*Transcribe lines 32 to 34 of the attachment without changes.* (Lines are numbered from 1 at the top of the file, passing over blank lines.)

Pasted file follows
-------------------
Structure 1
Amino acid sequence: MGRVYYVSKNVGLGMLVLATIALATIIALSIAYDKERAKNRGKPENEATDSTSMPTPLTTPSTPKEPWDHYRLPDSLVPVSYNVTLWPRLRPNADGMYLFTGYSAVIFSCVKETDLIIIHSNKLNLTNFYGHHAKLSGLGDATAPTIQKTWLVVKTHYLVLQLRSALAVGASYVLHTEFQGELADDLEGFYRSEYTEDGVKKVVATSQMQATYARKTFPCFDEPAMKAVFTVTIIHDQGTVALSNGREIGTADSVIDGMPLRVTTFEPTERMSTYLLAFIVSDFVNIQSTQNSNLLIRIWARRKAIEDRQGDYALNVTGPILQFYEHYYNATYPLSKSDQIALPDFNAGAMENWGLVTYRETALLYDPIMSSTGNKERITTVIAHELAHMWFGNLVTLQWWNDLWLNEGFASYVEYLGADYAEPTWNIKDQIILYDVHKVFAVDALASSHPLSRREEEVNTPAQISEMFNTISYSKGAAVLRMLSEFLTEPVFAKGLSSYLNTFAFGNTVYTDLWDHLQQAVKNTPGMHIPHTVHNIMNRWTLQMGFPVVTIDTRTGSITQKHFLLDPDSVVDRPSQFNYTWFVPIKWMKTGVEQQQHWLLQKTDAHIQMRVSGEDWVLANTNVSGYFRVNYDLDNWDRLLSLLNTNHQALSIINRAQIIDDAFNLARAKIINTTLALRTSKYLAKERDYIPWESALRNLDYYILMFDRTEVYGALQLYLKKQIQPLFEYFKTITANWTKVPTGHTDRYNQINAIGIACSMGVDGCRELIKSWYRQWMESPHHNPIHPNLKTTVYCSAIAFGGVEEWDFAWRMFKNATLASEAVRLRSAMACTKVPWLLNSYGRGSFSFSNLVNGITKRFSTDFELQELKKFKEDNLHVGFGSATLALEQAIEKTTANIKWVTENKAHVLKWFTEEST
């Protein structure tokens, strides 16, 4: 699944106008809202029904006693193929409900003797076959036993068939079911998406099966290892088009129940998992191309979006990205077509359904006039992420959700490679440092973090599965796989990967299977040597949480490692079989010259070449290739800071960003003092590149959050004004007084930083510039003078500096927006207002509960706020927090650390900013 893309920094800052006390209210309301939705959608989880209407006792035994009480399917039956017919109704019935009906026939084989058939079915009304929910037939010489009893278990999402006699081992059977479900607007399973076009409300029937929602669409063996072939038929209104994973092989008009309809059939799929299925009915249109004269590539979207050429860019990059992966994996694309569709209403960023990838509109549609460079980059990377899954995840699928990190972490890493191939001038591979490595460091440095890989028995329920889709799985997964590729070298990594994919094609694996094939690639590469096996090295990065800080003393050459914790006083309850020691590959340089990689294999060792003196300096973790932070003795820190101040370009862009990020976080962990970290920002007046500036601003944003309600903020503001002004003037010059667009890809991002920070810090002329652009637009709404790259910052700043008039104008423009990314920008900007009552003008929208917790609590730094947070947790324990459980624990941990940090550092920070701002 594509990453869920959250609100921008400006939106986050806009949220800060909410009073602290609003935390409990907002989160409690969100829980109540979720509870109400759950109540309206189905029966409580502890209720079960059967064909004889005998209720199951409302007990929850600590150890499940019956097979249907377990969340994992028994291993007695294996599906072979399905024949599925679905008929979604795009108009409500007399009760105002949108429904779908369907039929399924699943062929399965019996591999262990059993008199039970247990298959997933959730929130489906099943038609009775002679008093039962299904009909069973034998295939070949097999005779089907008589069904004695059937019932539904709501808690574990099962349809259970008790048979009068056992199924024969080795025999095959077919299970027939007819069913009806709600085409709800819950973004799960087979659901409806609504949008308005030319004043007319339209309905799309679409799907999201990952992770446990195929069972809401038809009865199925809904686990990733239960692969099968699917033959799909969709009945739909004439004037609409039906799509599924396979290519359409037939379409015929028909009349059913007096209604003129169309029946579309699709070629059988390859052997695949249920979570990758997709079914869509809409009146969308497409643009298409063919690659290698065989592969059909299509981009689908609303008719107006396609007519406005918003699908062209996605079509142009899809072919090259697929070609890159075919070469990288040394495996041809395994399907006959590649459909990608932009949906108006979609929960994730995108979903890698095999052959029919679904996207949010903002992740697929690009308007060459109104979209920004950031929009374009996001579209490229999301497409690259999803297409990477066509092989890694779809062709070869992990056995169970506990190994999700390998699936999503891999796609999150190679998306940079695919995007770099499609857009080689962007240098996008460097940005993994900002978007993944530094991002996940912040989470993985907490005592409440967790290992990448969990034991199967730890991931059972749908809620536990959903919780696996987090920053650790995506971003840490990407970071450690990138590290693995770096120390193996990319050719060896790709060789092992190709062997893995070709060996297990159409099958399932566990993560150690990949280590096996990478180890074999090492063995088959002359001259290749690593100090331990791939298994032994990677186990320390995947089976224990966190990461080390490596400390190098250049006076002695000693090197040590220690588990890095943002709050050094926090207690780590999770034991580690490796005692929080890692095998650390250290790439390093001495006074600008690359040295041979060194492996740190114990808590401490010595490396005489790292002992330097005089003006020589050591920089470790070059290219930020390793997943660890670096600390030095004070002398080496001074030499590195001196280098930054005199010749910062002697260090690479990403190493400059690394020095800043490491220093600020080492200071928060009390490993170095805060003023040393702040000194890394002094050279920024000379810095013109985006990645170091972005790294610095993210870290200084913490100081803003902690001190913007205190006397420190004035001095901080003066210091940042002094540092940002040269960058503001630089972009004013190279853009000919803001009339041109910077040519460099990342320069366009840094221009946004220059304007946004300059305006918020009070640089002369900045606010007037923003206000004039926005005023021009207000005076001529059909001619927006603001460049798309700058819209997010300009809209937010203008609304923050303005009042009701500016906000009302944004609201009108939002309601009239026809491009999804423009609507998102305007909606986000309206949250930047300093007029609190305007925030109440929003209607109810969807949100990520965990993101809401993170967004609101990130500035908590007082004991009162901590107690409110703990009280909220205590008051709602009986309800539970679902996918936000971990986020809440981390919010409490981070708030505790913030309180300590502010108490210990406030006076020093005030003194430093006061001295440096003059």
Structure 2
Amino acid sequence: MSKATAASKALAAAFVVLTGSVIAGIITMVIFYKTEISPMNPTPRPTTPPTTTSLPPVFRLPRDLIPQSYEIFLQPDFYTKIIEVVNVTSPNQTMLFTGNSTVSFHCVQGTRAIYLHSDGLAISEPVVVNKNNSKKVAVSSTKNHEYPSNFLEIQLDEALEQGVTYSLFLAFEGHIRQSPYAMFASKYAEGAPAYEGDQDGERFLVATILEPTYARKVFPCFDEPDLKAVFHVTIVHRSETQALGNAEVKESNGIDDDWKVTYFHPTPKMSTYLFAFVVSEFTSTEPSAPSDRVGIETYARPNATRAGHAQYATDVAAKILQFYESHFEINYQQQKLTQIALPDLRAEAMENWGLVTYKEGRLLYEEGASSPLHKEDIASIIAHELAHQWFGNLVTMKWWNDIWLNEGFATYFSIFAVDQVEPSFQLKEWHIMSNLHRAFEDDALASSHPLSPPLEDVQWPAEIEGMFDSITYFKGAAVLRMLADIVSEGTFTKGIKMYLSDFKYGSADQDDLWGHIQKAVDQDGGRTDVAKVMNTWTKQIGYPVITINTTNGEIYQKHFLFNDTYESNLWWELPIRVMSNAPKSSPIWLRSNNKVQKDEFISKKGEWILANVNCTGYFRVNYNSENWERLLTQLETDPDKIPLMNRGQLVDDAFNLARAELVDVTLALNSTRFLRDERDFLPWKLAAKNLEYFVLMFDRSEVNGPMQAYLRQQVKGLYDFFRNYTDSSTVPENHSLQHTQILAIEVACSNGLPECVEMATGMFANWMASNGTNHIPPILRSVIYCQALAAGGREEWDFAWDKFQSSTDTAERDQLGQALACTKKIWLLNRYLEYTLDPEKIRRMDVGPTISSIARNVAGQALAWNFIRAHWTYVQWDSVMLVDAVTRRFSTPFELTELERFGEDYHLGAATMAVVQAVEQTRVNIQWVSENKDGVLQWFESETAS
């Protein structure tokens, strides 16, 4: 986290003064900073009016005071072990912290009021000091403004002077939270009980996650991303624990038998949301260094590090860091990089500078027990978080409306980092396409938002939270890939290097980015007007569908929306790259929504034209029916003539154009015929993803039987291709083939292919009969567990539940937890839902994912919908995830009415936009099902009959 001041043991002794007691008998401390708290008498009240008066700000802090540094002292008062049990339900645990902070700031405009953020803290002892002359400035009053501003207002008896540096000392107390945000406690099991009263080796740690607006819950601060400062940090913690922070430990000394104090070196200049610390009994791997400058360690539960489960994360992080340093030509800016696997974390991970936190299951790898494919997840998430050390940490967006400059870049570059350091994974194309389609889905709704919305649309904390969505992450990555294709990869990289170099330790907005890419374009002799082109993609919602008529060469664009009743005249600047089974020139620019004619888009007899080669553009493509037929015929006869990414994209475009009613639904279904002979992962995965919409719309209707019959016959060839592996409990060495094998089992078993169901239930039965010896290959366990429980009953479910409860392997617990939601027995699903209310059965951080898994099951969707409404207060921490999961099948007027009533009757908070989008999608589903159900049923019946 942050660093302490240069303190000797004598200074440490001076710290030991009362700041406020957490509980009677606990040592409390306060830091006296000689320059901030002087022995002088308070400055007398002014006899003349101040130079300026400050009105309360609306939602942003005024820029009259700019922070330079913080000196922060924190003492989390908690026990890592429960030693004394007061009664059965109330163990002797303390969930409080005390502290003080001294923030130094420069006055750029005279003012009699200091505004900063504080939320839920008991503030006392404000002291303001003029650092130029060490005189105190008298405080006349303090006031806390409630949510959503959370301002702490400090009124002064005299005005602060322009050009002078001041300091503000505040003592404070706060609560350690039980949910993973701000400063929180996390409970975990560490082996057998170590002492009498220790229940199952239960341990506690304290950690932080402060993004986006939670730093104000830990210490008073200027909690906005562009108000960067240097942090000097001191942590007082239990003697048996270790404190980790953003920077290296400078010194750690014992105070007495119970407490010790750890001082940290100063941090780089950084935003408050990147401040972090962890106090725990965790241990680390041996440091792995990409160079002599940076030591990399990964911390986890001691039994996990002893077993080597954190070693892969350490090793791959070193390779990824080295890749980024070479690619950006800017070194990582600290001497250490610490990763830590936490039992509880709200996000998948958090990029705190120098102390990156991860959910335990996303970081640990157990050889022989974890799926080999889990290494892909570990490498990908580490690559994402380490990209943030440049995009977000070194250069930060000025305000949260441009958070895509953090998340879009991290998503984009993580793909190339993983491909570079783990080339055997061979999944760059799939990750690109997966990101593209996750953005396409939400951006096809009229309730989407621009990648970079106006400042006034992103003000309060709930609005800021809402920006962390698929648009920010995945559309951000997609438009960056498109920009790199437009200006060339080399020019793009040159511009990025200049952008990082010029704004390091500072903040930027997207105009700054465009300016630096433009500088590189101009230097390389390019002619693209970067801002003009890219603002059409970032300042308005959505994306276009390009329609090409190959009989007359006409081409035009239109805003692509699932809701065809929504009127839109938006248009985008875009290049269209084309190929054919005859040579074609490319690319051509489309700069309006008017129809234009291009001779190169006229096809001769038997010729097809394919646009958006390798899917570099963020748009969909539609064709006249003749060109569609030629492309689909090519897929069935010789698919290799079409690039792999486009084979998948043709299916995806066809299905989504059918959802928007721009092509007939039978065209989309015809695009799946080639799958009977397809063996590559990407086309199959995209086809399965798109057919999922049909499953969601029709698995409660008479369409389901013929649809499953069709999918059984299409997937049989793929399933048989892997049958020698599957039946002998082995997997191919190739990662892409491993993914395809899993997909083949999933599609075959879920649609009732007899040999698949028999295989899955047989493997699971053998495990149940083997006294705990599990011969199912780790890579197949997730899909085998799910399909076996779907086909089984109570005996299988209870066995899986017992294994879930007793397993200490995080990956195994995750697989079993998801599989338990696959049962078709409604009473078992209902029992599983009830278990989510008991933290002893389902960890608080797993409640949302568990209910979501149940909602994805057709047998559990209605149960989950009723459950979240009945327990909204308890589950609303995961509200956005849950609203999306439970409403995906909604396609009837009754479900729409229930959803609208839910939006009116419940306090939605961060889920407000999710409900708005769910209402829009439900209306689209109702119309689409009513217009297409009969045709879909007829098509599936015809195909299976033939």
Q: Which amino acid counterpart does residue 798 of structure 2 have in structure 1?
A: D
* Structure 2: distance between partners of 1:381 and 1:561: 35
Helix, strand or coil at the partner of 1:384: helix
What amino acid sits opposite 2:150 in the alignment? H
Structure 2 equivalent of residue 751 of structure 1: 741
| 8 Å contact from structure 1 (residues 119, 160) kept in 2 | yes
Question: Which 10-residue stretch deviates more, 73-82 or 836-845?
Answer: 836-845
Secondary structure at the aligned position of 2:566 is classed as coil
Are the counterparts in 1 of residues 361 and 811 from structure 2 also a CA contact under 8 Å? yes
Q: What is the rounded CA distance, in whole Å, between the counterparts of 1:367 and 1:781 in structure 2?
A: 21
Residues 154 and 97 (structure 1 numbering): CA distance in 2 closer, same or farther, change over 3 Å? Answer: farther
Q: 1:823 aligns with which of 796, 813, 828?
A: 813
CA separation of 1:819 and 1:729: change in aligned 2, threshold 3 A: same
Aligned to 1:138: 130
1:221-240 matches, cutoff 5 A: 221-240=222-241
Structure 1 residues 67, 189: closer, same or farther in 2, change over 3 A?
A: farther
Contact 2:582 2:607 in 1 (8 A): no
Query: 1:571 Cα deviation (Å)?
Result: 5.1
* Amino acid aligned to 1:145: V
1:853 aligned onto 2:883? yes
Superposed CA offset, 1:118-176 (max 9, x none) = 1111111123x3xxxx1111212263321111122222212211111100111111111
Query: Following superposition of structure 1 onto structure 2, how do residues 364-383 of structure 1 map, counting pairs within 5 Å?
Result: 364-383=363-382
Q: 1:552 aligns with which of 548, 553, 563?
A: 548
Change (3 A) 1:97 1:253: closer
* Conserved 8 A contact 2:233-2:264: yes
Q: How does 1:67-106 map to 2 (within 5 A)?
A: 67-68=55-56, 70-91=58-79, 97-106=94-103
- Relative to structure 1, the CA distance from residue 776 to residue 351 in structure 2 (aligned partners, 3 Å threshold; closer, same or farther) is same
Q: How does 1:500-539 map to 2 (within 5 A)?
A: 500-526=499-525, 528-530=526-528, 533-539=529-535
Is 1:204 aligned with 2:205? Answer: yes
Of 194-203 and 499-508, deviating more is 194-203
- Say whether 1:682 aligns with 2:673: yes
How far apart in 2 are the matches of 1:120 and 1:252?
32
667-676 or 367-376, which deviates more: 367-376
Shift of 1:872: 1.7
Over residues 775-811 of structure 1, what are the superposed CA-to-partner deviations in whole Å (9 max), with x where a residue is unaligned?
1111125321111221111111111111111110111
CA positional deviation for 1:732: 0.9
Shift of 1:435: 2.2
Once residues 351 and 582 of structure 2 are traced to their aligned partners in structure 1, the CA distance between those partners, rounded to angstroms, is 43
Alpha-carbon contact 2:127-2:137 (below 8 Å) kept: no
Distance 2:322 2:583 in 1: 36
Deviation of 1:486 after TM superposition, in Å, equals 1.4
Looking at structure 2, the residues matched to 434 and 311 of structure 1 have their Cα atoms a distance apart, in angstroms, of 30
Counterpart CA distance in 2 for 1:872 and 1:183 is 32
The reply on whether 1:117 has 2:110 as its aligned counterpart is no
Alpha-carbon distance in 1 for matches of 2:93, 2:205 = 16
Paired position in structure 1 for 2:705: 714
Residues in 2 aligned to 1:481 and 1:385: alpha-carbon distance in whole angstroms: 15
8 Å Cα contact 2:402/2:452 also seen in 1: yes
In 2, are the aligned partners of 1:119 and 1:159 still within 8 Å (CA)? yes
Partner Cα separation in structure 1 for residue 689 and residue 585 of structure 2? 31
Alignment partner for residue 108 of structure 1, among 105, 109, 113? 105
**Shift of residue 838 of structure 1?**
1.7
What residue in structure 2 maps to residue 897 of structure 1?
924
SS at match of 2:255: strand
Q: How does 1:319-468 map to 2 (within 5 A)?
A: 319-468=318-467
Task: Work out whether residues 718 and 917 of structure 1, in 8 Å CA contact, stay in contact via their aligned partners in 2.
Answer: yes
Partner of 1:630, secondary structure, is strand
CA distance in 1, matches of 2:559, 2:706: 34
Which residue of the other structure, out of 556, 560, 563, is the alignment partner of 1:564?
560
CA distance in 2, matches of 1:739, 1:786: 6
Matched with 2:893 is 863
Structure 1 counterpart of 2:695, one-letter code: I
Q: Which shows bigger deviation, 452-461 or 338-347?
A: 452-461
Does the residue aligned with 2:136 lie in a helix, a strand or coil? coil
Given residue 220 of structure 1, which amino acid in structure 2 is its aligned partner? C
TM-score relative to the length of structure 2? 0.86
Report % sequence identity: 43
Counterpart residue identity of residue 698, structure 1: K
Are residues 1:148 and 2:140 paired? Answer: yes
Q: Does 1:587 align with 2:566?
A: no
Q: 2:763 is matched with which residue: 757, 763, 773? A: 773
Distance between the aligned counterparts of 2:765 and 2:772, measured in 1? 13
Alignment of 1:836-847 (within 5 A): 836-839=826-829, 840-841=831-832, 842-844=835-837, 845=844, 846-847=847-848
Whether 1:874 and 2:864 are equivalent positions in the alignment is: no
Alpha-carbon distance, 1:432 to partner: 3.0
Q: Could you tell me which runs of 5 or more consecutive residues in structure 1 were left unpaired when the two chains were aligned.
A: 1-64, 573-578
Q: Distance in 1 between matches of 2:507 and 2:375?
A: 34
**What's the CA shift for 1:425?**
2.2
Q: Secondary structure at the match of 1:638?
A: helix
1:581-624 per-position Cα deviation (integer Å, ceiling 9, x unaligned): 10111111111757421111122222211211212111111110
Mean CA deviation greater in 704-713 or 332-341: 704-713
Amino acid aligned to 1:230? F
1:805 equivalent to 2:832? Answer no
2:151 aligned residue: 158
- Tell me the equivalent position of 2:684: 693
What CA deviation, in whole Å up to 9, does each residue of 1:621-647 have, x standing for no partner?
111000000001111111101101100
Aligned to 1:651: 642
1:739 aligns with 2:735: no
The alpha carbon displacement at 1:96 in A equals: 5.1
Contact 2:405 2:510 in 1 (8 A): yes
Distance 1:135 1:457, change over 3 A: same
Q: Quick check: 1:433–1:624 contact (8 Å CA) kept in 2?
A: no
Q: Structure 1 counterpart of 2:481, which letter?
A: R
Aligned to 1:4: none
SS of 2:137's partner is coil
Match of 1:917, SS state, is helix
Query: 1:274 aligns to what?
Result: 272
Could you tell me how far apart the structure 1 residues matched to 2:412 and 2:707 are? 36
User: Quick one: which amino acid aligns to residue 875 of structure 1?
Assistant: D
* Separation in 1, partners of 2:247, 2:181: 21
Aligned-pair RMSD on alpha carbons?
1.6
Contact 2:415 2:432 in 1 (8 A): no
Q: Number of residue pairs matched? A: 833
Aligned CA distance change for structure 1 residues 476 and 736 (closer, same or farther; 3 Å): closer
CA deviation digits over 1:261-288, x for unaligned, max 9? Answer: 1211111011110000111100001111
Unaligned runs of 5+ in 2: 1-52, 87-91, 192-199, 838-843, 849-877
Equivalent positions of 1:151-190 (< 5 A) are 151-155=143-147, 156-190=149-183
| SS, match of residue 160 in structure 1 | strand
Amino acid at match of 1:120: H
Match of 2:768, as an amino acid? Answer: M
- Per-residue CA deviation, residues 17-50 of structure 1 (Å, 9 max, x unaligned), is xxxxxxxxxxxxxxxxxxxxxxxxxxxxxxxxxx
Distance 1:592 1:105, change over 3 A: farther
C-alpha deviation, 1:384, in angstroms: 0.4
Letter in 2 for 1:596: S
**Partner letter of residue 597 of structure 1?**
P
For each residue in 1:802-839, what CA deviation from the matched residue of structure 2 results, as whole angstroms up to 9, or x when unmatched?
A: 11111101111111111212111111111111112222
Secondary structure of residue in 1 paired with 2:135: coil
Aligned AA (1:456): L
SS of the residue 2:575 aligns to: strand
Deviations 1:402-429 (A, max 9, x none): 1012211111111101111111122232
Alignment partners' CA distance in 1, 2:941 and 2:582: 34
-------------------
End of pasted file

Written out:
1:853 aligned onto 2:883? yes
Superposed CA offset, 1:118-176 (max 9, x none) = 1111111123x3xxxx1111212263321111122222212211111100111111111
Query: Following superposition of structure 1 onto structure 2, how do residues 364-383 of structure 1 map, counting pairs within 5 Å?